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Mr. Van Limburg to Mr. Seward.



Washington, June 9, 1862. Sir: In your note bearing date the 7th of this month, through which you do me the honor to reply to my second note of the same day, you have been pleased, with a frankness which I appreciate, to inform me that your communications on the subject of the affair in question have been drawn from the report which Major General Butler made to you of his general conduct at New Orleans up to the 16th of the last month; and that this document not being accompanied by any proof of the allegations against the consul, it is not in your power to comply with my request, "to be pleased to communicate to me the papers justificative (proofs) of the accusation of the consul, and of the seizure of the deposit."

Your frankness, sir, could not but increase my esteem for the government whose organ you are, and this frankness encourages me to be equally frank. You will appreciate it on your part, convinced of the respect which I bear for the President and government of the United States, as also of the confidence which I place in their spirit of justice.

Well, then, Mr. Secretary of State, since you acknowledge to me that you are not in possession of the proofs, is it not natural to conclude therefrom that these proofs do not exist? For was it not the duty of Major General Butler to submit them to you, without delay, to justify the seizure of funds of which you now know that they were in deposit at the house of the Netherlands consul, for account of the honorable house of Hope & Company, of Amsterdam ?

Thus, from the moment it shall appear that Major General Butler has actually seized, without having had well-founded reasons and proofs to justify a step so serious as the carrying off (removal) of a deposit which was at the Netherlands consulate, I expect from the justice of the government of the United States that the value shall be restored, without further delay, to the consul or the house of Hope & Company.

I therefore permit myself to request you, sir, to be pleased to call for, as soon as possible, and to communicate to me, the proofs which I have had the honor to request of


in my note of the 7th of this month. I have the honor, sir, to reiterate to you the assurances of my high consideration.


Secretary of State of the United States of America.

Mr. Seward to Mr. Van Limburg.


IVashington, June 9, 1862. Sir: I have the honor to acknowledge the receipt of your two notes of this date. In reply to the request in one of them for the proofs upon which Major General Butler based his proceedings with reference to the coin lodged with the consul of the Netherlands at New Orleans, I have the honor to acquaint you that no time shall be lost in making them known to you when they shall have been received here.

I avail myself of this occasion, sir, to offer to you a renewed assurance of my very high consideration.

WILLIAM H. SEWARD. Mr. RoesT VAN LIMBURG, 8c., sc., sc.

Mr. Van Limburg to Mr. Seward.

New York, June 19, 1862. Sir: I have not failed to report to the minister for foreign affairs the conversation which, towards the close of the month of April, I had the honor to have with you on the subject of the admission of the ships-of-war of the United States, and of those of the self-styled Confederate States, to the ports of the Netherlands. I informed him of your wish that henceforward the ships in question should be treated therein as they are either in the ports of France or in the ports of England.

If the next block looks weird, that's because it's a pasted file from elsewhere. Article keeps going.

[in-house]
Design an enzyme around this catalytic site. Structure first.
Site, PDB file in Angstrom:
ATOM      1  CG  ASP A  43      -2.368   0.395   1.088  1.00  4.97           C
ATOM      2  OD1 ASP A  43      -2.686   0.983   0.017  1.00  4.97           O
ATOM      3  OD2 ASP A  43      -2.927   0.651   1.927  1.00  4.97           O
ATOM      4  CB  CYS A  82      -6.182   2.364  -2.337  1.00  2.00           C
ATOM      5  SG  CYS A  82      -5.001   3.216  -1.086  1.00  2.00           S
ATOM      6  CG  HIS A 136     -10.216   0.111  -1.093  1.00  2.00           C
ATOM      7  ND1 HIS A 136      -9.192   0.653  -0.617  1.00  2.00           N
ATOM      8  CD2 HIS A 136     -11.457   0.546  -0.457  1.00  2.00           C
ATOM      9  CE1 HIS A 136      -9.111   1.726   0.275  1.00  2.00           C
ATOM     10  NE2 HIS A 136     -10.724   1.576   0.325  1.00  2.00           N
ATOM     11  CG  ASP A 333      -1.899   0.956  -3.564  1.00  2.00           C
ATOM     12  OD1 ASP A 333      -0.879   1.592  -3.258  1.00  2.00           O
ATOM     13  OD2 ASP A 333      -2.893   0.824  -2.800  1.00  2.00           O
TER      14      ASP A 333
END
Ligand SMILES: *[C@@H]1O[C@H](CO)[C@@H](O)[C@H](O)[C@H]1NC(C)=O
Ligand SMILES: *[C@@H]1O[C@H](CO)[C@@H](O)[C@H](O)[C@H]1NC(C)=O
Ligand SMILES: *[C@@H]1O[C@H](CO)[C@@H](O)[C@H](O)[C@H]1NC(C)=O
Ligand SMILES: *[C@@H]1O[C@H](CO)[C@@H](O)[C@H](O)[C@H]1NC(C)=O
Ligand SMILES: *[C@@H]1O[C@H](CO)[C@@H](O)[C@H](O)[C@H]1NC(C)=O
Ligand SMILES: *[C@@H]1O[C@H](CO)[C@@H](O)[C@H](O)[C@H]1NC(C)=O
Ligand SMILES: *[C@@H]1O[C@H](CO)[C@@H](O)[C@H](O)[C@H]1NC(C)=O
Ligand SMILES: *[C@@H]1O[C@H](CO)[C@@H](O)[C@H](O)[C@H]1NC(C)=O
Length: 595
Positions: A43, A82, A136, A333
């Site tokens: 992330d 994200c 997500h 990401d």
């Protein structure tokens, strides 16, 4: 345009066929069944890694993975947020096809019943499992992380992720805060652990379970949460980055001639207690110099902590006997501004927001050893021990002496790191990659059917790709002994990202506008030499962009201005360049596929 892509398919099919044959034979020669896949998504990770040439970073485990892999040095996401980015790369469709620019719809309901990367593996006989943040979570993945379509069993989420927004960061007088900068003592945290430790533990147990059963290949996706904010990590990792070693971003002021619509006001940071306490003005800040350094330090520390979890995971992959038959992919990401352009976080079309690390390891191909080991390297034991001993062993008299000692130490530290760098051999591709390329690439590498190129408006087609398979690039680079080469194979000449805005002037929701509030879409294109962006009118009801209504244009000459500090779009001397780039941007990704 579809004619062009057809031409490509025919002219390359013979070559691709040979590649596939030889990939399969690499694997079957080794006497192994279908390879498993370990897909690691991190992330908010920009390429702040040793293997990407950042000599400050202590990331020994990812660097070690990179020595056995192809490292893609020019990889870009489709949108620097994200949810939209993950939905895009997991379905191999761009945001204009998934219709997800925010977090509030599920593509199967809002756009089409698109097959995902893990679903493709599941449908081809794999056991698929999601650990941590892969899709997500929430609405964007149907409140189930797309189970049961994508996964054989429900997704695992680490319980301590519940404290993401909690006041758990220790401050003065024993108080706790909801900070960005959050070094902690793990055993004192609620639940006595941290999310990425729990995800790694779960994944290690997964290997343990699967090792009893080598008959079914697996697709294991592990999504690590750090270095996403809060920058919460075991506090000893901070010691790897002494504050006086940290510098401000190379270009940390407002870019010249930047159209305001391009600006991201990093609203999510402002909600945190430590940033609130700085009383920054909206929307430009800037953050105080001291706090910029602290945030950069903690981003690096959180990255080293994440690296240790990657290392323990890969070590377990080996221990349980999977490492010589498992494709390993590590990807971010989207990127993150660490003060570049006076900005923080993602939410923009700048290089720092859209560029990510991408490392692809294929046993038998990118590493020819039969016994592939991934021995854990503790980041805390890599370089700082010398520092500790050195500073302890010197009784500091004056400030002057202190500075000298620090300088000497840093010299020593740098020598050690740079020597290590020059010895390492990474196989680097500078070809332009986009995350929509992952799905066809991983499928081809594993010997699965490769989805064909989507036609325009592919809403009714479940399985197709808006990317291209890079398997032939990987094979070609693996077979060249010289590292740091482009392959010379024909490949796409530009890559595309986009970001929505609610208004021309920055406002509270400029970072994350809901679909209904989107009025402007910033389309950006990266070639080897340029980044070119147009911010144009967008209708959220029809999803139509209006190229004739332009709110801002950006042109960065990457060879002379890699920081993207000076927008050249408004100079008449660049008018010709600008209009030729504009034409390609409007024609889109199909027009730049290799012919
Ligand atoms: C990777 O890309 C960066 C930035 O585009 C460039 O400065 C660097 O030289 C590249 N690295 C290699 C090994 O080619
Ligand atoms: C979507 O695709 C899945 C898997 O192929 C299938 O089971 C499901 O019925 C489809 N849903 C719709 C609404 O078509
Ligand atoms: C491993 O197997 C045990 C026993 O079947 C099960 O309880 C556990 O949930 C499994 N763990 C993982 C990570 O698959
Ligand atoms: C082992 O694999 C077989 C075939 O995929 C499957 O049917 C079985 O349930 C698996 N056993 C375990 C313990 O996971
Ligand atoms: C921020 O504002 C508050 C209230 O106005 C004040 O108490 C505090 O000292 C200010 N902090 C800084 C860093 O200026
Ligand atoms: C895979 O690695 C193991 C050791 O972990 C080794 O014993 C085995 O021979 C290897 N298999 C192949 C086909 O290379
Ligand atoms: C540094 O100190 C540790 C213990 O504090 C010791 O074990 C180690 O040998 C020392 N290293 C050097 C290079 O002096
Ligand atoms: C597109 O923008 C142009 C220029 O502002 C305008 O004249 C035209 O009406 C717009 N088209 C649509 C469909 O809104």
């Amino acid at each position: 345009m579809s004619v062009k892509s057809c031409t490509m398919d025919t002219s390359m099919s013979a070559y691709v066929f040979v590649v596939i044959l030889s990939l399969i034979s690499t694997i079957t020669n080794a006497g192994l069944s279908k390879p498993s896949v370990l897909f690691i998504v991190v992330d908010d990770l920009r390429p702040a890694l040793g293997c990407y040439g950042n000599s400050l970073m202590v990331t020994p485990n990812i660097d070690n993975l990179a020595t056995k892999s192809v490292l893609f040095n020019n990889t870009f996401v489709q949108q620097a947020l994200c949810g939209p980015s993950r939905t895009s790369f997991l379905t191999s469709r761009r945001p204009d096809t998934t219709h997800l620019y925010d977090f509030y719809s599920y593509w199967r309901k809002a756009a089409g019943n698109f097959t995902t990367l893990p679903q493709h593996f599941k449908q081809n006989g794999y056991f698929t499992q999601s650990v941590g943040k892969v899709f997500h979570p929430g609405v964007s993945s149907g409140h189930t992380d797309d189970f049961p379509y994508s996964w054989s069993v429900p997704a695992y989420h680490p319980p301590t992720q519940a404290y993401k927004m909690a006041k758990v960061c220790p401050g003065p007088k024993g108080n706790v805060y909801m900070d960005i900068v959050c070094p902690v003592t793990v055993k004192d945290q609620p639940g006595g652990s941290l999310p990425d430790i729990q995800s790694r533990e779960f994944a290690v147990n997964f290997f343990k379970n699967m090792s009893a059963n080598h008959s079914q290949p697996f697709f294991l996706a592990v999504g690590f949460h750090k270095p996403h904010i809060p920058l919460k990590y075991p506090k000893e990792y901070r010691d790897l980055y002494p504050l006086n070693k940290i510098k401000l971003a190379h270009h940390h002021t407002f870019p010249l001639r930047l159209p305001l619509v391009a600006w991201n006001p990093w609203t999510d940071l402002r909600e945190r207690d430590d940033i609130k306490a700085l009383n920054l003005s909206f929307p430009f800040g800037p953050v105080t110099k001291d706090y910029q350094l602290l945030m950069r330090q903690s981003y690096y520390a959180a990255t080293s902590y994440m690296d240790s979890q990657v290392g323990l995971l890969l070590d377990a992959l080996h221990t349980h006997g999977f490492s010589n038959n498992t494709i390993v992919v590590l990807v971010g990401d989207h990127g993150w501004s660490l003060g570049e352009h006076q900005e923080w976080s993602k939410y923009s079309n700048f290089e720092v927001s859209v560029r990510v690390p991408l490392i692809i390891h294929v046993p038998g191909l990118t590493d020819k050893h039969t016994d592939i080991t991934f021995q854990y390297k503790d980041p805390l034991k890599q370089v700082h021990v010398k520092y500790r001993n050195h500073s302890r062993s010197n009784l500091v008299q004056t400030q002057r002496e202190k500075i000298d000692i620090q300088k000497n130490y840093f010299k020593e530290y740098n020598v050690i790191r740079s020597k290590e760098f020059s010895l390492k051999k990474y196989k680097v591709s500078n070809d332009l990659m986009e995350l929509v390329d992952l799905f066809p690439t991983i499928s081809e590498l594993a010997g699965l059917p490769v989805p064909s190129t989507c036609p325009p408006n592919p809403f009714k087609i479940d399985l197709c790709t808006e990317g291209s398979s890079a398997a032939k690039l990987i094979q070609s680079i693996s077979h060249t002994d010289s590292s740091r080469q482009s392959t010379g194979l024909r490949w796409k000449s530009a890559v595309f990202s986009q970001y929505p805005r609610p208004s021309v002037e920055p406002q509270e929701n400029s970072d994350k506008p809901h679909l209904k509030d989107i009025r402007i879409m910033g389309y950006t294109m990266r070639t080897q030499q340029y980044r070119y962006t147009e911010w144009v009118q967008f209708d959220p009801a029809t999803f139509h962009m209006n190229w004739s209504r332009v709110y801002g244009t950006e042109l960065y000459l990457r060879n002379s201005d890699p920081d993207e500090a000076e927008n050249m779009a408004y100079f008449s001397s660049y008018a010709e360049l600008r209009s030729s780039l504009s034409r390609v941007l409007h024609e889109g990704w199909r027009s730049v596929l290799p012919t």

In a letter which I have just received, the minister for foreign affairs expresses to me his astonishment in respect to this, for he had divers reasons to think that the modification introduced in December last had been accepted by the government of the United States in the same spirit which had inspired the government of his Majesty; afterwards, he heard on all sides that commerce was gaining by it, and, in fine, he rested satisfied that the Netherlands regulation was not less favorable to the United States than that of France and of Great Britain.

According to the French declaration of the 10th of June, it is not permitted to any vessel-of-war or privateer of either belligerent to enter and sojourn with prizes for longer than twenty-four hours. But, when an inhibition of this nature existe:d at our ports, and that a sojourn of twice twenty-four hours was forbidden to vesselsof-war, it was you, Mr. Secretary of State, your minister at the Hague, who reclaimed in consequence of the representation of Captain Palmer, commanding the Iroquois. It was to please you that the new regulation was introduced, and as for Great Britain, following the declaration of June 1, 1861, it is not permitted to vessels-of-war or privateers to enter the English ports with prizes for any period of time whatever. With us, on the contrary, it is not permitted to privateers, but it is permitted to vessels-of-war with their prizes. Since the

Since the last English instructions of January 31, 1862, that vessels-of-war or privateers may enter certain ports, a special permission by the government is required, whilst in other British ports they are not allowed to sojourn more than twenty-four hours, saving the case of a storm, damage, &c. They are not allowed to supply themselves with coal, except in very limited quantity.